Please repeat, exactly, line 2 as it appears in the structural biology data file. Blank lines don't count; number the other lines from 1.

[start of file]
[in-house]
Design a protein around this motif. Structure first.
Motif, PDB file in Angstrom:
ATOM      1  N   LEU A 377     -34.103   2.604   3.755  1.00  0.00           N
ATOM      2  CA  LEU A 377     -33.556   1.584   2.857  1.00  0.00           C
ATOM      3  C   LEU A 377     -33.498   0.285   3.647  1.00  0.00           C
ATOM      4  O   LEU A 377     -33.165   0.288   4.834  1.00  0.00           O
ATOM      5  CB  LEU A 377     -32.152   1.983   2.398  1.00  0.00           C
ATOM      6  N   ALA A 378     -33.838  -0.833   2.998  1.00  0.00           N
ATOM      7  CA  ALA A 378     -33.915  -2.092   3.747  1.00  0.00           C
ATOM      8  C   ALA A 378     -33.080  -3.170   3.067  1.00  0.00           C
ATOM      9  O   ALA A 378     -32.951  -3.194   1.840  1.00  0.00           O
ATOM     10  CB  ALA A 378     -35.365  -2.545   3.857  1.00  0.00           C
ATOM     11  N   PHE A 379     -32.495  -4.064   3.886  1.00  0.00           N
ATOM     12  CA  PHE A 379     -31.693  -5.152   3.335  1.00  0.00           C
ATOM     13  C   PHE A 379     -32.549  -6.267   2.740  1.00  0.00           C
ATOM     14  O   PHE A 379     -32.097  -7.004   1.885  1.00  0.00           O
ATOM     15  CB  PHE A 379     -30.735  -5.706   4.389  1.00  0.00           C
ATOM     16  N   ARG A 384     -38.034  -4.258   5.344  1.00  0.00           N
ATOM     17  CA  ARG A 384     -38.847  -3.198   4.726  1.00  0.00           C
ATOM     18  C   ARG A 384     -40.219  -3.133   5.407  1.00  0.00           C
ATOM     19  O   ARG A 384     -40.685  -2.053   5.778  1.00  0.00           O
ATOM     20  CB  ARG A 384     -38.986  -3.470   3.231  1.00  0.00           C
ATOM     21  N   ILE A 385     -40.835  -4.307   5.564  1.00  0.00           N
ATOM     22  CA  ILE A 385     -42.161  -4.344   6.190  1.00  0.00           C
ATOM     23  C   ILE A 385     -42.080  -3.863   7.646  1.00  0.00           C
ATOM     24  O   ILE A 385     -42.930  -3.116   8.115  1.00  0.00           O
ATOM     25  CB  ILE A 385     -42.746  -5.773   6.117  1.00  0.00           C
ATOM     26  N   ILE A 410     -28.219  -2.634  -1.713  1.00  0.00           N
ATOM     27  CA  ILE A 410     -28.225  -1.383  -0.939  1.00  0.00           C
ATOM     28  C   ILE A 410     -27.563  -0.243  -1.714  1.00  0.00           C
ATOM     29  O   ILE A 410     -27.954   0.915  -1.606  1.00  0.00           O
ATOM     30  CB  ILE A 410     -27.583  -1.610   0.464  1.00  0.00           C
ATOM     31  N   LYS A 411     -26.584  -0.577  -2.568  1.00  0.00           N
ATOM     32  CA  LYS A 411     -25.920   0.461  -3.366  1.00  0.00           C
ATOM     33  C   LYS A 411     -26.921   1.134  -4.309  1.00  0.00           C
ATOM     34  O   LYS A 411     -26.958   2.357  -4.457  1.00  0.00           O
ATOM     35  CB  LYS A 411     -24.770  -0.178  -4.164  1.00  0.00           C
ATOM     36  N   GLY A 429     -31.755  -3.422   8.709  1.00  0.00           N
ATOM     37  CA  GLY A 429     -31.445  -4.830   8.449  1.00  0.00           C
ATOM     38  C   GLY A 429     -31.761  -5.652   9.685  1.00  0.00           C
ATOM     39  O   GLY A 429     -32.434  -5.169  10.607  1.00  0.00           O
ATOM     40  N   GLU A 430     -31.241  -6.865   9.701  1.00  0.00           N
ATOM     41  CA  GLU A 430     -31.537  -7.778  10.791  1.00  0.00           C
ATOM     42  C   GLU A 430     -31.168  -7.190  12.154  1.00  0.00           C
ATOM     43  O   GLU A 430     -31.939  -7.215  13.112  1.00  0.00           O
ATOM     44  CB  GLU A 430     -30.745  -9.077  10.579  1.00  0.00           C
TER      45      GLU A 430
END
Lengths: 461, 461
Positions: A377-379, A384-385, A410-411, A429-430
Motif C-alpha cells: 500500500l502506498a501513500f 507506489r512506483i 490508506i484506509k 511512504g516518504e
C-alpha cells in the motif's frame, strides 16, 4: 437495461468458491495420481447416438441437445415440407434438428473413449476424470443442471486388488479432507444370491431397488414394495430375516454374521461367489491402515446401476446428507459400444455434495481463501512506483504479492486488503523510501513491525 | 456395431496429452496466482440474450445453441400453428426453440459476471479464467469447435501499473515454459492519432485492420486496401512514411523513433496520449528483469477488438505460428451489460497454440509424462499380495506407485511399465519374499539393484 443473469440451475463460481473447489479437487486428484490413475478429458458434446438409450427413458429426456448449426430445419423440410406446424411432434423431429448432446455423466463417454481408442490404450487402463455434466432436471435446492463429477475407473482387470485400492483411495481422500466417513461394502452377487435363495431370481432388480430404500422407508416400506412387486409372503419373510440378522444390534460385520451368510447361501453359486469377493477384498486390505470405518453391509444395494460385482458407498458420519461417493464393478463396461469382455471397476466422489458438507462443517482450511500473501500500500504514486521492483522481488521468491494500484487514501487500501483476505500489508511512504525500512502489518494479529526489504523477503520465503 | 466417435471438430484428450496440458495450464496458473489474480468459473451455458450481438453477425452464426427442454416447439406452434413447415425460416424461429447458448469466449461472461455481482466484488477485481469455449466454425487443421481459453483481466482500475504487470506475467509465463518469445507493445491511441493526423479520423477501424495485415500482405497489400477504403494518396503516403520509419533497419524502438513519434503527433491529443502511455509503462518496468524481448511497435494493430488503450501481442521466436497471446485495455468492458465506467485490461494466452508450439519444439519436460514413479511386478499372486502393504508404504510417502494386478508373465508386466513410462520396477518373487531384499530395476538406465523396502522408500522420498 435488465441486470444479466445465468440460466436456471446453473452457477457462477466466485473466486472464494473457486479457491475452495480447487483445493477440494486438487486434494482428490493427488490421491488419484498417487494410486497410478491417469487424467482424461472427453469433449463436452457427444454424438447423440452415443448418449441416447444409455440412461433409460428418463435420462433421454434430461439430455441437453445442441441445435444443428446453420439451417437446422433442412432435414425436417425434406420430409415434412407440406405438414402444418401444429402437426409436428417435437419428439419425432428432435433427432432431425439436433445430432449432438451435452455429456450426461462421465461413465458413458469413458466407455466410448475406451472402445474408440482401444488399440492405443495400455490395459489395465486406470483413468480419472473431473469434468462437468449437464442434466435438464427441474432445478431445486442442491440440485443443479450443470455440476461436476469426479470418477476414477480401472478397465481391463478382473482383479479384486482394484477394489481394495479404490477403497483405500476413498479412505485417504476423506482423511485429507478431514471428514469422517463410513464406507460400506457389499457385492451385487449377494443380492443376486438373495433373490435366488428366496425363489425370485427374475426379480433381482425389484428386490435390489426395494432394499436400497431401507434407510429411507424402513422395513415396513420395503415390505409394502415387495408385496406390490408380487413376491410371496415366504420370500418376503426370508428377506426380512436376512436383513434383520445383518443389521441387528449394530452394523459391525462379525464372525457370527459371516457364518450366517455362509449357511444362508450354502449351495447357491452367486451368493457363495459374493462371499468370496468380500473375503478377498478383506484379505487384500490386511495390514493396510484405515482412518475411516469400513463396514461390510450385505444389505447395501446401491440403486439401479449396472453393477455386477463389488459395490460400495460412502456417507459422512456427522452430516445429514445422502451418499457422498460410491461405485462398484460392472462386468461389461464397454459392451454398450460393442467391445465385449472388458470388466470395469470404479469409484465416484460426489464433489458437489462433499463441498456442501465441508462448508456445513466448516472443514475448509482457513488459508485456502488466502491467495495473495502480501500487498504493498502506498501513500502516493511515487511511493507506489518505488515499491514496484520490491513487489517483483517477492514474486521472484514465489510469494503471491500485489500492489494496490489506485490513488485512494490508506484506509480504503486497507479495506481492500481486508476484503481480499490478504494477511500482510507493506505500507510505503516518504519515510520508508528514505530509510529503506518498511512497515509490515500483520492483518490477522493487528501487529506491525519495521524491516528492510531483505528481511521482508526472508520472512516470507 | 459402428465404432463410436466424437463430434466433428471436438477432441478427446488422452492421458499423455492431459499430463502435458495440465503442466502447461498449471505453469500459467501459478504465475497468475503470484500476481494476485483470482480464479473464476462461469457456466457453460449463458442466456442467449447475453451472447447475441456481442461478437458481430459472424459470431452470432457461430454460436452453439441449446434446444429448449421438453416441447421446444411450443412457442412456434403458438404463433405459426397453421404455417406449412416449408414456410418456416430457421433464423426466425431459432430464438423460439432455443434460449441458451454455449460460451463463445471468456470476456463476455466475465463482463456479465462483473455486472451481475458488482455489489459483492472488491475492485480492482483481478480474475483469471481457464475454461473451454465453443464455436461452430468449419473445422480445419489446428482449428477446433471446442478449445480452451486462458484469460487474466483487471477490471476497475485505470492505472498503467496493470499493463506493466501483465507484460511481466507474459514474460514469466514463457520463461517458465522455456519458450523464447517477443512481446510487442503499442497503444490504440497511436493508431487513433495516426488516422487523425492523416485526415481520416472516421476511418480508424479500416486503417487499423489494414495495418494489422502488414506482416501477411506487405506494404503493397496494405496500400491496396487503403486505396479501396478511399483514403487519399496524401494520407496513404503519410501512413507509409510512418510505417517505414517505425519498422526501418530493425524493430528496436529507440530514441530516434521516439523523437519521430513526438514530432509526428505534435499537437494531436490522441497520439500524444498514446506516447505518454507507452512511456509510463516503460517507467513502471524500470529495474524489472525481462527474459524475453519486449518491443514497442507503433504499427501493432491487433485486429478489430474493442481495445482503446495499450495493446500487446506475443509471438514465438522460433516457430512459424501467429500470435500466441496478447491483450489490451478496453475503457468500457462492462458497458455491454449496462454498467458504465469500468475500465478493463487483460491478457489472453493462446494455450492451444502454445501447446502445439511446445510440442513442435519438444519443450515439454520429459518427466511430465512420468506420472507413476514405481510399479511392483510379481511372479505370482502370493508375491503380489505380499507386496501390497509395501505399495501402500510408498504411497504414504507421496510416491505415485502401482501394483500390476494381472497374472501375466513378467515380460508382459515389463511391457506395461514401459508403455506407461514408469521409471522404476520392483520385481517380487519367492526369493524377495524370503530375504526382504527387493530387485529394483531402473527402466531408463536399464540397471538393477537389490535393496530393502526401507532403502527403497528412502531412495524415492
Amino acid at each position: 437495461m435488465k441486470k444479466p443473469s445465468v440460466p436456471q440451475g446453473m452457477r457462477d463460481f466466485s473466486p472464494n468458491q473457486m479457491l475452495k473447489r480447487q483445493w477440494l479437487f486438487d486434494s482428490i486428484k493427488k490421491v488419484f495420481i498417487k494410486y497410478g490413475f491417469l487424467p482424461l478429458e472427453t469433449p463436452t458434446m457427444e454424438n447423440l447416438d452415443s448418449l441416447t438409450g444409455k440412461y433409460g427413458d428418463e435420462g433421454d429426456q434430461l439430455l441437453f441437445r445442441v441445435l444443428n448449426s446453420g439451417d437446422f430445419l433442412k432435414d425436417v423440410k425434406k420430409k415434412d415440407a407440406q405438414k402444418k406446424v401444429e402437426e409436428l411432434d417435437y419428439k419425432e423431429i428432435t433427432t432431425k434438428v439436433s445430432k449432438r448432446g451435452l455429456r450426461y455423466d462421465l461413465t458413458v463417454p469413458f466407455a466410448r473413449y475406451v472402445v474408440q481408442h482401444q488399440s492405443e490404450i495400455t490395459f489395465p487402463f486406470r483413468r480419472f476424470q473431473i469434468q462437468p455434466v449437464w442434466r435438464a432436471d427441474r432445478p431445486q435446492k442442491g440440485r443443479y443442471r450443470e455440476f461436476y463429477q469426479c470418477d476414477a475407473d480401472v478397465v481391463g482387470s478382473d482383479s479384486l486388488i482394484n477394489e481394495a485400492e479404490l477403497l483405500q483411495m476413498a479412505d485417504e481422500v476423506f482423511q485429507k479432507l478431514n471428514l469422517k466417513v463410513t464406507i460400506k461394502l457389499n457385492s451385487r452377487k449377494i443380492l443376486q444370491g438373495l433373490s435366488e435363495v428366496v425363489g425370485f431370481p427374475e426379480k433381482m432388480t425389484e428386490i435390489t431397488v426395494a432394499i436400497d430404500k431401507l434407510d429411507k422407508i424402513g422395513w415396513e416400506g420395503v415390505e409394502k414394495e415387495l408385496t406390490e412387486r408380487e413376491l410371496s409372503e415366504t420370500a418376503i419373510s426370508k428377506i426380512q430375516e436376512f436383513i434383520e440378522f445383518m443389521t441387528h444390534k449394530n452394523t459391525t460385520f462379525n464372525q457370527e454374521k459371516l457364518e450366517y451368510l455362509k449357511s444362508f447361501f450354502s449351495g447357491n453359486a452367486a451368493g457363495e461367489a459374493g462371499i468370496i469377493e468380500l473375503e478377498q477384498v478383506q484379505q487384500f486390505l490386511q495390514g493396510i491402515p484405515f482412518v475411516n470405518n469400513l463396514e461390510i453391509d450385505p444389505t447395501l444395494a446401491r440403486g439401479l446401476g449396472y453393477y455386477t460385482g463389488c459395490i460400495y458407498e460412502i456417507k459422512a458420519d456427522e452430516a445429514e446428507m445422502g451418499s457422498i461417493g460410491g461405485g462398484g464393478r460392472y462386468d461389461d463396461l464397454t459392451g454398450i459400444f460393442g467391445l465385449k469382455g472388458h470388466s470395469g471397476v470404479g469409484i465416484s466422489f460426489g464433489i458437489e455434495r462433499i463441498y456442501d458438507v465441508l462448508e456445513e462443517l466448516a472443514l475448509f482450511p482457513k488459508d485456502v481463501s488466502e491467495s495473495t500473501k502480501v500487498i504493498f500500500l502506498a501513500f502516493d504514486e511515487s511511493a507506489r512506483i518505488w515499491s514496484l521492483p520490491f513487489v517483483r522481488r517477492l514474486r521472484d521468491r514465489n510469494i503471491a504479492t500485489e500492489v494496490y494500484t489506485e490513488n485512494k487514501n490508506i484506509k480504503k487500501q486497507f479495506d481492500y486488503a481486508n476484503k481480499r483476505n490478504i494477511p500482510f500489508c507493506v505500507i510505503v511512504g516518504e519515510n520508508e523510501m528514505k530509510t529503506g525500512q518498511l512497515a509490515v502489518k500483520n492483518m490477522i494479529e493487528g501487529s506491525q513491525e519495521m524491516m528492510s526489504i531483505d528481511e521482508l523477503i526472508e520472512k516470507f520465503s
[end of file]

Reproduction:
Design a protein around this motif. Structure first.